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Graphene Composites Go Big

First fabrication of composites containing large sheets of graphene outperforms all others in conductivity and strength

1 min read
Graphene Composites Go Big
Photos: Oak Ridge National Laboratory

Graphene is a wonder material — flexible, transparent, light, strong, and electrically and thermally conductive, qualities that have led to research worldwide into weaving these atom-thick layers of carbon into advanced devices. Now scientists have demonstrated what they say is the first large-scale fabrication of a graphene composite—a material that combines graphene with another substance to form something with new properties.

Until now, labs could only incorporate tiny flakes of graphene or graphene-like materials into composites. The mechanical and electrical capabilities of these composites were never as good as scientists would have liked because of weak links between the flakes, and the flakes often clumped together, leading to irregularities across the composites.

Now scientists at Oak Ridge National Laboratory and their colleagues have fabricated composites made up of plastic and 5-centimeter-by-5-cm sheets of graphene. This advance builds on previous work of theirs synthesizing graphene via chemical vapor deposition, which involves growing sheets of the material directly from hydrocarbon vapor on metal catalysts such as copper.

Using large flat or rolled-up graphene sheets avoids the previous problem of flake clumping. All in all, these new composites outperform state-of-the-art graphene composites in terms of both mechanical properties and electrical conductivity while using 50 times less graphene, potentially helping make this material competitive in the market, the researchers say.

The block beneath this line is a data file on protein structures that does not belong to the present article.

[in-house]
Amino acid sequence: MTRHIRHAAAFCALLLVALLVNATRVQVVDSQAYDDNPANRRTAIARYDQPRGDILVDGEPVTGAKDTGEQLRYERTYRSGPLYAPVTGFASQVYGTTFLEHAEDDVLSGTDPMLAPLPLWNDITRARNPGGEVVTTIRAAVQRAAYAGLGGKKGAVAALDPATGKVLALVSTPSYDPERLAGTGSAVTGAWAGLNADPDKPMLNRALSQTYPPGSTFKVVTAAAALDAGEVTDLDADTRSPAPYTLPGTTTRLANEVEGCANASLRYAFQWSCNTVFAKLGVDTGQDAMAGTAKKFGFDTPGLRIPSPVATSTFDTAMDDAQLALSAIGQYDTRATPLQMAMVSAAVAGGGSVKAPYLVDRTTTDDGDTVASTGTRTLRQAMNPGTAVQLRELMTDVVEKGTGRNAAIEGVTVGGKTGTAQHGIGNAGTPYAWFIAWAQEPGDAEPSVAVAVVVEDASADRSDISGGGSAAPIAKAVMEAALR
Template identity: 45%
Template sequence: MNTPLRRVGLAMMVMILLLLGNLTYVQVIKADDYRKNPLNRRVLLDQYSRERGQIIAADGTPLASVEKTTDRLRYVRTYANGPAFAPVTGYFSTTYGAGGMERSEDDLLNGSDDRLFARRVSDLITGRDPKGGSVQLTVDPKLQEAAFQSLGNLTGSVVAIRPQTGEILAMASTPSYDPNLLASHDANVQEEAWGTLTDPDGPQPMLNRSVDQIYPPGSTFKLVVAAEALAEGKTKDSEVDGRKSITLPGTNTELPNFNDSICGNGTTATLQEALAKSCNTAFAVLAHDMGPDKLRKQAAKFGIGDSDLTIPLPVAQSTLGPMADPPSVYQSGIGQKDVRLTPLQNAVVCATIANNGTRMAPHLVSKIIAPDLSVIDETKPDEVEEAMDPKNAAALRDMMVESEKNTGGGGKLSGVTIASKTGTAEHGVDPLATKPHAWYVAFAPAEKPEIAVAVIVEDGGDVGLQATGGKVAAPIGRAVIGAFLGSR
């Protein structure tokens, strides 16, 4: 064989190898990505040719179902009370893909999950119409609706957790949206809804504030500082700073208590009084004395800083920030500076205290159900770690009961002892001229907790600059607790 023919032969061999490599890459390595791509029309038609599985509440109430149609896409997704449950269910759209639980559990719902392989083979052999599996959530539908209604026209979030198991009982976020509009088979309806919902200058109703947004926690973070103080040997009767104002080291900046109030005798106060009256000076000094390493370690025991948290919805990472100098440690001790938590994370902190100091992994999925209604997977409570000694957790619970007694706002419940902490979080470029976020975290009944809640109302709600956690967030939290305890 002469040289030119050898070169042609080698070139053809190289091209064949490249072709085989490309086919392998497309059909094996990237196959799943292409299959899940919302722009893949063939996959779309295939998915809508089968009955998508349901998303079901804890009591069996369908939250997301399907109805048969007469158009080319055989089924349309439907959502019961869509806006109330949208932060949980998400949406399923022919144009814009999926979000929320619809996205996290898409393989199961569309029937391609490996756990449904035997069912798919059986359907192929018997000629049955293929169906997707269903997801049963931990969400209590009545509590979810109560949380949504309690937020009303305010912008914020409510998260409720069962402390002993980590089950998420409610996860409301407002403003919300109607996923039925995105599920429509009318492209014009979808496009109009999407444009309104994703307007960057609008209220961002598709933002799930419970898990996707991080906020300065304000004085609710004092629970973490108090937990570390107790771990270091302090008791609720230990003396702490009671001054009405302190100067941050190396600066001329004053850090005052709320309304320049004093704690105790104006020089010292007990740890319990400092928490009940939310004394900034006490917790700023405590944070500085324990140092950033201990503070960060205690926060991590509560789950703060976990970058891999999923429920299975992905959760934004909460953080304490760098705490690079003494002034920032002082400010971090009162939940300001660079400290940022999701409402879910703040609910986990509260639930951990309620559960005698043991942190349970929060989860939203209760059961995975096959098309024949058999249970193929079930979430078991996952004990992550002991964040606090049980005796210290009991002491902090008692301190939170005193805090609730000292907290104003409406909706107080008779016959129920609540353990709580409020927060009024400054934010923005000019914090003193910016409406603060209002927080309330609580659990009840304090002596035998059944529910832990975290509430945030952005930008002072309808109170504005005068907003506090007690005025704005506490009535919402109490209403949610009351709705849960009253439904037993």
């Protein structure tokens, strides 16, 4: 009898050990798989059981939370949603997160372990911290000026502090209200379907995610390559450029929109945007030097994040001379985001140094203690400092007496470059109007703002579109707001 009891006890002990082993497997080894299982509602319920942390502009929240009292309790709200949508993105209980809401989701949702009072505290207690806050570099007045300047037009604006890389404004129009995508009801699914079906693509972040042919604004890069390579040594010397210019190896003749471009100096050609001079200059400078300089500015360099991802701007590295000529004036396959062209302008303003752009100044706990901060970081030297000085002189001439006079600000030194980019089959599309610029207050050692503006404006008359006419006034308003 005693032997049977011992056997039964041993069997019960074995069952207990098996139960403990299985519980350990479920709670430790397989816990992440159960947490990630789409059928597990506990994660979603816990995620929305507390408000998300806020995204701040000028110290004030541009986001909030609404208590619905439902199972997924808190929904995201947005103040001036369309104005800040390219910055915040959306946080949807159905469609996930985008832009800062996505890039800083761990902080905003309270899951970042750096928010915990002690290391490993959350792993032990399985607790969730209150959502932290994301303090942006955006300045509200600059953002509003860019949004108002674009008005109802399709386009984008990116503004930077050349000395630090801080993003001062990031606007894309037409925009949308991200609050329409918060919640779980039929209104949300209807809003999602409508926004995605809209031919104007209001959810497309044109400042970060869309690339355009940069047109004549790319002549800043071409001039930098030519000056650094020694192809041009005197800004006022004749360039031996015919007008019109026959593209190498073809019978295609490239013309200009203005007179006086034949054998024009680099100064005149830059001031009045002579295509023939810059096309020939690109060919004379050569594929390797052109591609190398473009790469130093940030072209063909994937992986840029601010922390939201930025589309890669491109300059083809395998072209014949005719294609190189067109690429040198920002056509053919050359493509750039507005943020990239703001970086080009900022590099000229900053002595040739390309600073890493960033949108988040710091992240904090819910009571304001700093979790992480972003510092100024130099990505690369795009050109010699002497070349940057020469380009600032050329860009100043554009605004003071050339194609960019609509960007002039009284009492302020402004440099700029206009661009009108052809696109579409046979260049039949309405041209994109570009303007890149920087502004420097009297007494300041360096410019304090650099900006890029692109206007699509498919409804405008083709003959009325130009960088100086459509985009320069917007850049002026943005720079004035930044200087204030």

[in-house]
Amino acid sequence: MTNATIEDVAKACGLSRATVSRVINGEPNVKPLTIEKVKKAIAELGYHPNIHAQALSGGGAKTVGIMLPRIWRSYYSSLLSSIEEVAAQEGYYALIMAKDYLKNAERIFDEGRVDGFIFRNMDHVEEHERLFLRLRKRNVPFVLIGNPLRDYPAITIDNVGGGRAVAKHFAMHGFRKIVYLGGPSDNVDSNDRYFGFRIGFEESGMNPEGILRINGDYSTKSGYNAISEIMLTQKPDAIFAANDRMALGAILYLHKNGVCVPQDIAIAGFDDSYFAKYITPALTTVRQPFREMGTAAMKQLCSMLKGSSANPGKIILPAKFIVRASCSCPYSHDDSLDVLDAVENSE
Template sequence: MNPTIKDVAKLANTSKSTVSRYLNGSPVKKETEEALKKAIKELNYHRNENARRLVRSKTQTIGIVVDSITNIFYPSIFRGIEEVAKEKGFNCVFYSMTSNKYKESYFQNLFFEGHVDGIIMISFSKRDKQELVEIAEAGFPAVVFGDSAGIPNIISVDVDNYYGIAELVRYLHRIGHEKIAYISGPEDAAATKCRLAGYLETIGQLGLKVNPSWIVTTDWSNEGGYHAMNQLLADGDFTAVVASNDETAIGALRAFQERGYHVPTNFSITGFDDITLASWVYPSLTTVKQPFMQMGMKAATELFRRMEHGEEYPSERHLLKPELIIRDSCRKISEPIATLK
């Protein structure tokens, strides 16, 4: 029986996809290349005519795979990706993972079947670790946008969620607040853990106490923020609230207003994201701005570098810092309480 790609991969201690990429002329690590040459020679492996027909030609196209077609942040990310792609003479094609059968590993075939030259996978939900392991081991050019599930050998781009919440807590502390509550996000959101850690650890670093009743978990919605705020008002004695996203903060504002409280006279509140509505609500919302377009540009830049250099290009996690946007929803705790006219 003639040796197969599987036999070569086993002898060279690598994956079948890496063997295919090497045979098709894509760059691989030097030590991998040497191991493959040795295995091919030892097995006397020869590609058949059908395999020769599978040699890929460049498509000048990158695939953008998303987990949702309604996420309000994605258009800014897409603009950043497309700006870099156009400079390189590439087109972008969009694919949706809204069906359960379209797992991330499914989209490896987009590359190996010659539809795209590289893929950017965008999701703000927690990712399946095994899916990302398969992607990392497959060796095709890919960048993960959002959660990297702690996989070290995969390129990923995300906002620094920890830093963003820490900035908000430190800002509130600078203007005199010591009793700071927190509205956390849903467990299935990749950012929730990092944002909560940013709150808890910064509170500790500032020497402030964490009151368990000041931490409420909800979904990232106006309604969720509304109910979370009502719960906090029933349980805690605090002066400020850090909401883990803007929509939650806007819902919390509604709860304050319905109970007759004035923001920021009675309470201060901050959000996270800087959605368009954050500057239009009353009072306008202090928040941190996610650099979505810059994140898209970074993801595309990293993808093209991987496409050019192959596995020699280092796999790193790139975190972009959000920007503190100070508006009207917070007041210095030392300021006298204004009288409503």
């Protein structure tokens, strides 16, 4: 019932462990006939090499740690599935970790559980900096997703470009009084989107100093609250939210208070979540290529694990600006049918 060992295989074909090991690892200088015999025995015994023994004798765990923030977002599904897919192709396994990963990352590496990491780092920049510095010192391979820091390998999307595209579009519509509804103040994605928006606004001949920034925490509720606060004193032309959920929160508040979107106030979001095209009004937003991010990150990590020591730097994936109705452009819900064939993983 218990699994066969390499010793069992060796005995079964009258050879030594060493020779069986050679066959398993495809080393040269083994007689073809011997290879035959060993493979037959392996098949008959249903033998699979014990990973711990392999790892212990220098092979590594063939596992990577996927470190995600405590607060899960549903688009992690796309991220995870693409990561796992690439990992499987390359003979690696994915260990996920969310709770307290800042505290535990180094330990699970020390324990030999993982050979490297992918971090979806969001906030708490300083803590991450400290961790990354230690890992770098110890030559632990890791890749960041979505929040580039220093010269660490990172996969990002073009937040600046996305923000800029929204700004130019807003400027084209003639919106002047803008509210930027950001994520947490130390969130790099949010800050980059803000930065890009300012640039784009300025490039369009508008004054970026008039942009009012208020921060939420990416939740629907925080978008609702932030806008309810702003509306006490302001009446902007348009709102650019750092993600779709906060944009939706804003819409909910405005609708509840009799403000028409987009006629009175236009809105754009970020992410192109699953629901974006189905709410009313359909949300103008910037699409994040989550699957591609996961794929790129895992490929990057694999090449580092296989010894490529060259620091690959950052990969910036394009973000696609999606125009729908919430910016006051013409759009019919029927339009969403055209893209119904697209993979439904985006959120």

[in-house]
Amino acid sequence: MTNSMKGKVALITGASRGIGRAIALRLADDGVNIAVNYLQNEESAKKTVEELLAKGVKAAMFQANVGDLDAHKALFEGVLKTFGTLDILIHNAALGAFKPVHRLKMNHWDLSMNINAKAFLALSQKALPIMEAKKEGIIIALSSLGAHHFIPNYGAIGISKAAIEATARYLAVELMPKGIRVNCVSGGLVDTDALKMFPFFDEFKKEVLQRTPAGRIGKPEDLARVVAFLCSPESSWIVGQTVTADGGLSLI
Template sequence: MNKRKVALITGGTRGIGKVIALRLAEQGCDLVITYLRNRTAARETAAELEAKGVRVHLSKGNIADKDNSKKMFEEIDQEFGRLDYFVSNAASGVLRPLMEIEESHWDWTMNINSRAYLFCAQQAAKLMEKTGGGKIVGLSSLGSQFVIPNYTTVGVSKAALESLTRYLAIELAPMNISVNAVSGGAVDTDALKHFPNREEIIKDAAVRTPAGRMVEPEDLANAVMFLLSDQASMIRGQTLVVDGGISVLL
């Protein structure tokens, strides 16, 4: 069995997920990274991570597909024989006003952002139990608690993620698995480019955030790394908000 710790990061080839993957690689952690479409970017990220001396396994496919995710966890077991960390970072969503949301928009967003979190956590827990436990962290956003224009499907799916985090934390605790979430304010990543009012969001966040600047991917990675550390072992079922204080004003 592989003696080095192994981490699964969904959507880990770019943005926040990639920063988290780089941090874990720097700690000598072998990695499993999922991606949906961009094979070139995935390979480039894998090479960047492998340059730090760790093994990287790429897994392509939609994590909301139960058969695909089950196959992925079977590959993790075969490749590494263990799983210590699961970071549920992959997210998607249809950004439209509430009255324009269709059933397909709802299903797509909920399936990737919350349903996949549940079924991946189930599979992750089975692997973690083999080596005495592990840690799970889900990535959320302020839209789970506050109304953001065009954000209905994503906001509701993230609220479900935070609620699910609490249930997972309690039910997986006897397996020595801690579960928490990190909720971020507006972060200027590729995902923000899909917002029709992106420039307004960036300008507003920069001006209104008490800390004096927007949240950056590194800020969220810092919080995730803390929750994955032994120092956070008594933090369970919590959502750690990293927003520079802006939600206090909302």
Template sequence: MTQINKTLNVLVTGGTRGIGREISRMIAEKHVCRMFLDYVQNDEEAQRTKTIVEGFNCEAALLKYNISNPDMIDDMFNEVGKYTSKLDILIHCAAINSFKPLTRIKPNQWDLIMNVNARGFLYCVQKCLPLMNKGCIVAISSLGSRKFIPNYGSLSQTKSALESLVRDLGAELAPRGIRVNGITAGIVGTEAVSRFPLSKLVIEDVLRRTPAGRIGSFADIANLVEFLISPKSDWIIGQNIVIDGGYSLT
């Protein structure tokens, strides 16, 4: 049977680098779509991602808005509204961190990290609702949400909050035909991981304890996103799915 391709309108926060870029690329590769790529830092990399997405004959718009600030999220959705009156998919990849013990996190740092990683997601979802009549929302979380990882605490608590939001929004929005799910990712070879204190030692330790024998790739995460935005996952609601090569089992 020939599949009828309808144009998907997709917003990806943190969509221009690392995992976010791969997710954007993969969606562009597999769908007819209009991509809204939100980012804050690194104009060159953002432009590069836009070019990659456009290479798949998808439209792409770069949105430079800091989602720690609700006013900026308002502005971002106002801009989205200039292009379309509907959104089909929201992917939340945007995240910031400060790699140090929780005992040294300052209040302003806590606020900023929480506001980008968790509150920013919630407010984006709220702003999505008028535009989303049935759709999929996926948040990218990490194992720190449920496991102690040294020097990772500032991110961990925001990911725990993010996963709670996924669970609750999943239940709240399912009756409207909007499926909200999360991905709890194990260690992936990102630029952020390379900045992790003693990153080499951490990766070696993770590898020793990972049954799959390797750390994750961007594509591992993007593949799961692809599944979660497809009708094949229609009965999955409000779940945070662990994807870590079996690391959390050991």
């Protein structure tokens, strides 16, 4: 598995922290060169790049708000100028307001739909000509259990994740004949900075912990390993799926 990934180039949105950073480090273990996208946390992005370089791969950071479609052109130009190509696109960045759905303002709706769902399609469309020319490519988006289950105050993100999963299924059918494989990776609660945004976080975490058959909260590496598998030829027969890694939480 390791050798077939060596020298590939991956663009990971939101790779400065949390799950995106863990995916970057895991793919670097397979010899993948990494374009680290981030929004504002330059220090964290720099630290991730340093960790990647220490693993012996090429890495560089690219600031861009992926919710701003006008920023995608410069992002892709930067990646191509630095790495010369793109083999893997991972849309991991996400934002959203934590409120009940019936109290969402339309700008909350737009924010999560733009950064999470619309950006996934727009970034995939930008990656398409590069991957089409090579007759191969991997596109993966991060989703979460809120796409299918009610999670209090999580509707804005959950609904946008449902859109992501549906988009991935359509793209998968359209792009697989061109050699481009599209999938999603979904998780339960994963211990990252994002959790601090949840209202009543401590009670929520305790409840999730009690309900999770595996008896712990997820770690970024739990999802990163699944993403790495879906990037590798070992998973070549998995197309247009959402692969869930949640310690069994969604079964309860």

Future research could explore reducing the cost and demonstrating the scalability of these composites. The scientists detailed their findings online 28 April in the journal Applied Materials & Interfaces.

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The Transistor at 75

The past, present, and future of the modern world’s most important invention

2 min read
A photo of a birthday cake with 75 written on it.
Lisa Sheehan

Seventy-five years is a long time. It’s so long that most of us don’t remember a time before the transistor, and long enough for many engineers to have devoted entire careers to its use and development. In honor of this most important of technological achievements, this issue’s package of articles explores the transistor’s historical journey and potential future.

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